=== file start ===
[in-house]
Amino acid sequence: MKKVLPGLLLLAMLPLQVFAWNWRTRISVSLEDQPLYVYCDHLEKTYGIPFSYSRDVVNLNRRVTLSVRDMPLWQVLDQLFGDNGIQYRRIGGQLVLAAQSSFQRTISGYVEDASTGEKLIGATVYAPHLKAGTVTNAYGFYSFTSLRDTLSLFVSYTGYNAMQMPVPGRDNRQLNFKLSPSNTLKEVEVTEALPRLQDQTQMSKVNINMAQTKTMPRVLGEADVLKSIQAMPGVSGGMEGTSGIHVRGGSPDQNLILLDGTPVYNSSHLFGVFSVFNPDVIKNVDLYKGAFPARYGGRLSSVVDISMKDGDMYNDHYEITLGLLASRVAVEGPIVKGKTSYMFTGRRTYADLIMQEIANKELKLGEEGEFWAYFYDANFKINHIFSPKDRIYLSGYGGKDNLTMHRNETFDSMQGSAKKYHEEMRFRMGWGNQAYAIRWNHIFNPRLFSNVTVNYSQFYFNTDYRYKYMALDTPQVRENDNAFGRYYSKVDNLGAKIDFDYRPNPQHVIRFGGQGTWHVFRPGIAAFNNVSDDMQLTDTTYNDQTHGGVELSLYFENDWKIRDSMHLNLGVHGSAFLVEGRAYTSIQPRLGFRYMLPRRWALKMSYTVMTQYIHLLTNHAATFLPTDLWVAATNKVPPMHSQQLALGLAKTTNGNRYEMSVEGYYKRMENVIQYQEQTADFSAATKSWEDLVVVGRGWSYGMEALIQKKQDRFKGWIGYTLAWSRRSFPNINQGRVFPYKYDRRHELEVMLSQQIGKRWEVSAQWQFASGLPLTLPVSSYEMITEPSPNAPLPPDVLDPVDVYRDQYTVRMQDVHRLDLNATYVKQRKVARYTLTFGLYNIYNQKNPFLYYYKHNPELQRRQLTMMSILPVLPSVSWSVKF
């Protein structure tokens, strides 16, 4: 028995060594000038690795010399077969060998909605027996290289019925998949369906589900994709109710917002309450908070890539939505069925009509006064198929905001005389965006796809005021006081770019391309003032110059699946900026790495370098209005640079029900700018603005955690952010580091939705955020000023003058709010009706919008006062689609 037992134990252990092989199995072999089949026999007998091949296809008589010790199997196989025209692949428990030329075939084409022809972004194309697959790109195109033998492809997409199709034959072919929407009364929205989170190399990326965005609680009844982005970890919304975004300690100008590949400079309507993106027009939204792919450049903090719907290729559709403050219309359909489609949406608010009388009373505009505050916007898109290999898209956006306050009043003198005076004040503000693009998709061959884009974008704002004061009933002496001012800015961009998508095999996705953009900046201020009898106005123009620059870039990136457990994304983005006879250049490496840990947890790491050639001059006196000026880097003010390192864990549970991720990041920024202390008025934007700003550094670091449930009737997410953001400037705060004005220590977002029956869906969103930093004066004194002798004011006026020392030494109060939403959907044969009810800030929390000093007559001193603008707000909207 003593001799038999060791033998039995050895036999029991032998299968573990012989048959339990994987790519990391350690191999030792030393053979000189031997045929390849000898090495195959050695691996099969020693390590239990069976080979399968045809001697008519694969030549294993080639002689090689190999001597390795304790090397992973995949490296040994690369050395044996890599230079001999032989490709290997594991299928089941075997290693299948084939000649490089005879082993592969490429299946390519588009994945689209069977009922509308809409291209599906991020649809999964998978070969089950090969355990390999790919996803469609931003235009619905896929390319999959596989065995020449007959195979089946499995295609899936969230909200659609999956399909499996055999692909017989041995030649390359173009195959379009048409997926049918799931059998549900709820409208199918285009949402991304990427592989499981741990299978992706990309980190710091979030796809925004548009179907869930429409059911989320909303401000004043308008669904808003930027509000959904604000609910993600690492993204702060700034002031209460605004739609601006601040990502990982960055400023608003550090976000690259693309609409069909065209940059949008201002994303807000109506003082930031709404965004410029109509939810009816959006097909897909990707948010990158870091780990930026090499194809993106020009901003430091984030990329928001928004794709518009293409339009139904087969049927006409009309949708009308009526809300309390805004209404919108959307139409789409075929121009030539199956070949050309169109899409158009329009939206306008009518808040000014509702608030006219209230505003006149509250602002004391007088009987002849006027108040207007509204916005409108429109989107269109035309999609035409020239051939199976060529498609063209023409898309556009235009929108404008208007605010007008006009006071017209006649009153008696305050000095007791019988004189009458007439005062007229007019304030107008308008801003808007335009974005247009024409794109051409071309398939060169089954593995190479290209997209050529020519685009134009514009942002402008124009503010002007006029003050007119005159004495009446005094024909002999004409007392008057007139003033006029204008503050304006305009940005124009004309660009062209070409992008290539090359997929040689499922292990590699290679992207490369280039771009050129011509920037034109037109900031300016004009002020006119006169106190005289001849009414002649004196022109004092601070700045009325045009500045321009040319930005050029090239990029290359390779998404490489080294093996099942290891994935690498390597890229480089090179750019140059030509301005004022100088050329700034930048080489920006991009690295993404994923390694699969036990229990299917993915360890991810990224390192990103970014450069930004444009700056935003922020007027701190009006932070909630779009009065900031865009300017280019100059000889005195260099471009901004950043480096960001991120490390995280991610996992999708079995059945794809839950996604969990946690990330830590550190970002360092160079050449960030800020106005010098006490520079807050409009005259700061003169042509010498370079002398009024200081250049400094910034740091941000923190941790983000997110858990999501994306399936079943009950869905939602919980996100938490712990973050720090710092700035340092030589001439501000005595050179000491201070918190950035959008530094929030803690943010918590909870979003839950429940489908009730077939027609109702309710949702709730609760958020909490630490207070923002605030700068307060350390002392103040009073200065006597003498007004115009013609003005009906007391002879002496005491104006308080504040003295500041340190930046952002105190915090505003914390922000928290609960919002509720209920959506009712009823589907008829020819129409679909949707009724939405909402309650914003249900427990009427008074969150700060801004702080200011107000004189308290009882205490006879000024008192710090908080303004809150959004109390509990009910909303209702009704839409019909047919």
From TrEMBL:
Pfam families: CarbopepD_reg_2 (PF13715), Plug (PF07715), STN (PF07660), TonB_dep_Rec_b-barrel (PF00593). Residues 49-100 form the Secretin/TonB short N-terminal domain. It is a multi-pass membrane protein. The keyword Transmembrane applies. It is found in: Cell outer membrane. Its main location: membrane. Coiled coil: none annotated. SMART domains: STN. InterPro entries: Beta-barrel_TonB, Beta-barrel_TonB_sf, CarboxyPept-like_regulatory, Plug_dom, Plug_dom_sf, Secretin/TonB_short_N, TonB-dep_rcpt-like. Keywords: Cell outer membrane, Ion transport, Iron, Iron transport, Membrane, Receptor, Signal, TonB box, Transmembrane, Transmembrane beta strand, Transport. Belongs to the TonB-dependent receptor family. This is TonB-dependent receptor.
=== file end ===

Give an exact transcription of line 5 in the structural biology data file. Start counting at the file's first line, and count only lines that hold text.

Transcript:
Pfam families: CarbopepD_reg_2 (PF13715), Plug (PF07715), STN (PF07660), TonB_dep_Rec_b-barrel (PF00593). Residues 49-100 form the Secretin/TonB short N-terminal domain. It is a multi-pass membrane protein. The keyword Transmembrane applies. It is found in: Cell outer membrane. Its main location: membrane. Coiled coil: none annotated. SMART domains: STN. InterPro entries: Beta-barrel_TonB, Beta-barrel_TonB_sf, CarboxyPept-like_regulatory, Plug_dom, Plug_dom_sf, Secretin/TonB_short_N, TonB-dep_rcpt-like. Keywords: Cell outer membrane, Ion transport, Iron, Iron transport, Membrane, Receptor, Signal, TonB box, Transmembrane, Transmembrane beta strand, Transport. Belongs to the TonB-dependent receptor family. This is TonB-dependent receptor.